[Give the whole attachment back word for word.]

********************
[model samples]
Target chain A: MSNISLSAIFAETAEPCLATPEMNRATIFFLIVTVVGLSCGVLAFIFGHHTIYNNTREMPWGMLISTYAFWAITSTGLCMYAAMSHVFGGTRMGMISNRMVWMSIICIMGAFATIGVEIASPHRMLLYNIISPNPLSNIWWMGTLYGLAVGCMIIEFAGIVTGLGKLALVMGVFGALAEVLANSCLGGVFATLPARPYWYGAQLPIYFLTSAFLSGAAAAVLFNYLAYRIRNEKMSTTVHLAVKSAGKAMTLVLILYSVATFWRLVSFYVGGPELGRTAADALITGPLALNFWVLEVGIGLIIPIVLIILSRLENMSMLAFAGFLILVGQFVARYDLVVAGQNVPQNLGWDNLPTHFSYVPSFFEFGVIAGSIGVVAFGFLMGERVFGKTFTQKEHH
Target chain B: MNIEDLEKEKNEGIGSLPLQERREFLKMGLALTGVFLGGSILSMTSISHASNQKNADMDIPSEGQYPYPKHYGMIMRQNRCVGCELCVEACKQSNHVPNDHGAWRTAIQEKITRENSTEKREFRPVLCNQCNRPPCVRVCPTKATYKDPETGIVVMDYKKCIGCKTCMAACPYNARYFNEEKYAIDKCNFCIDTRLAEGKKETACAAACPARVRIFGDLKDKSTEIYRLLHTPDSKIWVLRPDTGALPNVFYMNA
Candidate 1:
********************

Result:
[model samples]
Target chain A: MSNISLSAIFAETAEPCLATPEMNRATIFFLIVTVVGLSCGVLAFIFGHHTIYNNTREMPWGMLISTYAFWAITSTGLCMYAAMSHVFGGTRMGMISNRMVWMSIICIMGAFATIGVEIASPHRMLLYNIISPNPLSNIWWMGTLYGLAVGCMIIEFAGIVTGLGKLALVMGVFGALAEVLANSCLGGVFATLPARPYWYGAQLPIYFLTSAFLSGAAAAVLFNYLAYRIRNEKMSTTVHLAVKSAGKAMTLVLILYSVATFWRLVSFYVGGPELGRTAADALITGPLALNFWVLEVGIGLIIPIVLIILSRLENMSMLAFAGFLILVGQFVARYDLVVAGQNVPQNLGWDNLPTHFSYVPSFFEFGVIAGSIGVVAFGFLMGERVFGKTFTQKEHH
Target chain B: MNIEDLEKEKNEGIGSLPLQERREFLKMGLALTGVFLGGSILSMTSISHASNQKNADMDIPSEGQYPYPKHYGMIMRQNRCVGCELCVEACKQSNHVPNDHGAWRTAIQEKITRENSTEKREFRPVLCNQCNRPPCVRVCPTKATYKDPETGIVVMDYKKCIGCKTCMAACPYNARYFNEEKYAIDKCNFCIDTRLAEGKKETACAAACPARVRIFGDLKDKSTEIYRLLHTPDSKIWVLRPDTGALPNVFYMNA
Candidate 1: